Then they plugged four different policy scenarios into their model: the current Auckland bike plan; redesigning residential streets for slow speeds; adding protected bike lanes on all arterial streets; and combining residential traffic calming with bike lanes on arterials. Only the combination scenario had the power to achieve Auckland’s bicycling goals, according to the model.

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The Secrets of Successful Transit Projects — Revealed!

Green Line Trax at Gallivan Plaza

The Trax light rail system in Salt Lake City has the hallmarks of high-ridership transit. Photo: CountyLemonade/Flickr

All across America, cities are investing in new transit lines. Which of these routes will make the biggest impact by attracting large numbers of new riders? A landmark report from a team of researchers with the University of California at Berkeley identifies the factors that set successful transit investments apart from the rest.

The secret sauce is fairly simple, when you get down to it: Place a transit line where it will connect a lot of people to a lot of jobs and give it as much grade-separated right-of-way as possible, and it will attract a lot of riders.

What makes the work of the Berkeley researchers, led by Daniel G. Chatman, remarkable is that it compiles decades of real-world data to predict how many people will ride a given transit route. Their conclusions should bolster efforts to maximize the effectiveness of new transit investments.

The report authors examined 140-plus factors to build these ridership models, based on data collected from 55 “fixed guideway” transit projects, including rail and bus rapid transit routes, built in 18 metropolitan areas between 1974 and 2008.

They found the success of a transit project is almost synonymous with whether it serves areas that are dense in both jobs and population and have expensive parking — in short, lively urban neighborhoods. In the report’s model, the combination of these factors explains fully 62 percent of the ridership difference between transit projects.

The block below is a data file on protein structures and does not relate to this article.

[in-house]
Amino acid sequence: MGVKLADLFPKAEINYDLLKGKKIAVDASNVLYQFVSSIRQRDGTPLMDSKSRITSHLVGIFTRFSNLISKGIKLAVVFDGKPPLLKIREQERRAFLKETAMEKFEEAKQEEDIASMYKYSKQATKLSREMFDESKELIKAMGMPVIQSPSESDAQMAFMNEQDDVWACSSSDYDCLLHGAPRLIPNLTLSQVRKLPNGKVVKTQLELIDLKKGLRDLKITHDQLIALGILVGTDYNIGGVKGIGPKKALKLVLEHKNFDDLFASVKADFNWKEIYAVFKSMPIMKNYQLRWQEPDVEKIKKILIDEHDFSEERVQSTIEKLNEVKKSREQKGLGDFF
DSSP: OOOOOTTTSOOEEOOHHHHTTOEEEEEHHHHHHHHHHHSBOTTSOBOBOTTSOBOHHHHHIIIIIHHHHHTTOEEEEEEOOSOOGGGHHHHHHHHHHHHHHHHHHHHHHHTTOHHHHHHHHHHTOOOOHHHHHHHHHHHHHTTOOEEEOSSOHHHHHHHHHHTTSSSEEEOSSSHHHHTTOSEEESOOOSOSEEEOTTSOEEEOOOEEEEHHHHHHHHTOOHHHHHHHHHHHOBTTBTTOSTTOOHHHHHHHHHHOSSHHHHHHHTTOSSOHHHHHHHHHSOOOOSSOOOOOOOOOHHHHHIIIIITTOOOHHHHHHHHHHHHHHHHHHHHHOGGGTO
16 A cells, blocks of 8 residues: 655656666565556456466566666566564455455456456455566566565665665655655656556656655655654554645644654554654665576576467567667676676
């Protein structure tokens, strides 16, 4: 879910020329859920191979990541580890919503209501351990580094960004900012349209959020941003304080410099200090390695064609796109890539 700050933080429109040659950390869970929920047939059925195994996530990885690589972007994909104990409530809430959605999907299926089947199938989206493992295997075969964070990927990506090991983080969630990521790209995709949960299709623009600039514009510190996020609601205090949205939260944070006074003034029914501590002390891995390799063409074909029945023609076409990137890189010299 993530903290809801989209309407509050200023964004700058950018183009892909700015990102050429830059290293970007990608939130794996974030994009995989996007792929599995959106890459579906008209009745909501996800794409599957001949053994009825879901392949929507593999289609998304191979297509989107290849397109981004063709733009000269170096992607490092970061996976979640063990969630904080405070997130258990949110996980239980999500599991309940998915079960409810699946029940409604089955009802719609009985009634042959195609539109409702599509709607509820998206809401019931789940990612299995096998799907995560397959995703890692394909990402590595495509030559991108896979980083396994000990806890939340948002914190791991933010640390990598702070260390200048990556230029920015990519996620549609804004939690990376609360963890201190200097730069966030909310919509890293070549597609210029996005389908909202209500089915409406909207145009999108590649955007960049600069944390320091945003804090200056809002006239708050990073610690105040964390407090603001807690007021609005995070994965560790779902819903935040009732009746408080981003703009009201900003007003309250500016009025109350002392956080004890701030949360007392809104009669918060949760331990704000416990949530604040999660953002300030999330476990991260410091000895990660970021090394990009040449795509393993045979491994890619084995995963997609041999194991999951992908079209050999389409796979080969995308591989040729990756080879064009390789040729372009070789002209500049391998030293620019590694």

Surprisingly, the only design factor that seemed to have a significant effect on ridership was whether the route is grade-separated (in a tunnel or on a viaduct). In isolation, transit speed, frequency, or reliability did not have significant impacts, but the great advantage of grade-separated routes is that they can run quickly and reliably through high-density areas.

While it may seem like common sense to put transit routes where they will connect people to jobs, agencies don’t always choose the best routes — often opting for expedience over effectiveness. Salt Lake City’s FrontRunner commuter rail service, for instance, very closely parallels a newly widened I-15, and many stations are located in low-density industrial or residential areas. Ridership has fallen short of expectations.

Elsewhere in Salt Lake City, the authors identify the University/Medical Center Trax light rail route as a good example of a high-ridership transit project. It connects major high-wage job centers — notably the university, its hospital, and downtown — and also many leisure destinations like museums, sports stadiums, the state fair park, concert halls, and nearly half of the region’s hotel rooms. Locals have embraced light rail as an alternative to costly parking, as well: Parking demand on the growing University of Utah campus has fallen 30 percent since the route opened. The route carries 78 percent more riders than initially projected.

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FHWA: Bike-Ped Investments Pay Off By Cutting Traffic and Improving Health